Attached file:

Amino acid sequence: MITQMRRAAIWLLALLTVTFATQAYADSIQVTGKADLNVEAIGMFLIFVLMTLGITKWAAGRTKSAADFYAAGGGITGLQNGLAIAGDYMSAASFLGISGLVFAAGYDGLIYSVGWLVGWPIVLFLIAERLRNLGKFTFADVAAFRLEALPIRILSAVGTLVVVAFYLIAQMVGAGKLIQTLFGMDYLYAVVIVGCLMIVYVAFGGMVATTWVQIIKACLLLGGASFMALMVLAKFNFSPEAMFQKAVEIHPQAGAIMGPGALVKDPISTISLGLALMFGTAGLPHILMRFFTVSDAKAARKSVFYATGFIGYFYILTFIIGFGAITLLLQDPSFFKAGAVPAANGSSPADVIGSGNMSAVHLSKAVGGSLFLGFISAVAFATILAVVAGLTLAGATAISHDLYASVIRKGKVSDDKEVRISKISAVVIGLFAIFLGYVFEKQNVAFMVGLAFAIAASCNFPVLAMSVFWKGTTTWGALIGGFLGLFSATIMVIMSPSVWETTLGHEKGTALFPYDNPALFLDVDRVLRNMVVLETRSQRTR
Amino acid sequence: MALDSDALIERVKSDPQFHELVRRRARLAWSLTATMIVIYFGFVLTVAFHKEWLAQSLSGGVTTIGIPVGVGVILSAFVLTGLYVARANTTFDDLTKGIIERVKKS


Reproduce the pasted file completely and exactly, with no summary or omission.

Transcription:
Amino acid sequence: MITQMRRAAIWLLALLTVTFATQAYADSIQVTGKADLNVEAIGMFLIFVLMTLGITKWAAGRTKSAADFYAAGGGITGLQNGLAIAGDYMSAASFLGISGLVFAAGYDGLIYSVGWLVGWPIVLFLIAERLRNLGKFTFADVAAFRLEALPIRILSAVGTLVVVAFYLIAQMVGAGKLIQTLFGMDYLYAVVIVGCLMIVYVAFGGMVATTWVQIIKACLLLGGASFMALMVLAKFNFSPEAMFQKAVEIHPQAGAIMGPGALVKDPISTISLGLALMFGTAGLPHILMRFFTVSDAKAARKSVFYATGFIGYFYILTFIIGFGAITLLLQDPSFFKAGAVPAANGSSPADVIGSGNMSAVHLSKAVGGSLFLGFISAVAFATILAVVAGLTLAGATAISHDLYASVIRKGKVSDDKEVRISKISAVVIGLFAIFLGYVFEKQNVAFMVGLAFAIAASCNFPVLAMSVFWKGTTTWGALIGGFLGLFSATIMVIMSPSVWETTLGHEKGTALFPYDNPALFLDVDRVLRNMVVLETRSQRTR
Amino acid sequence: MALDSDALIERVKSDPQFHELVRRRARLAWSLTATMIVIYFGFVLTVAFHKEWLAQSLSGGVTTIGIPVGVGVILSAFVLTGLYVARANTTFDDLTKGIIERVKKS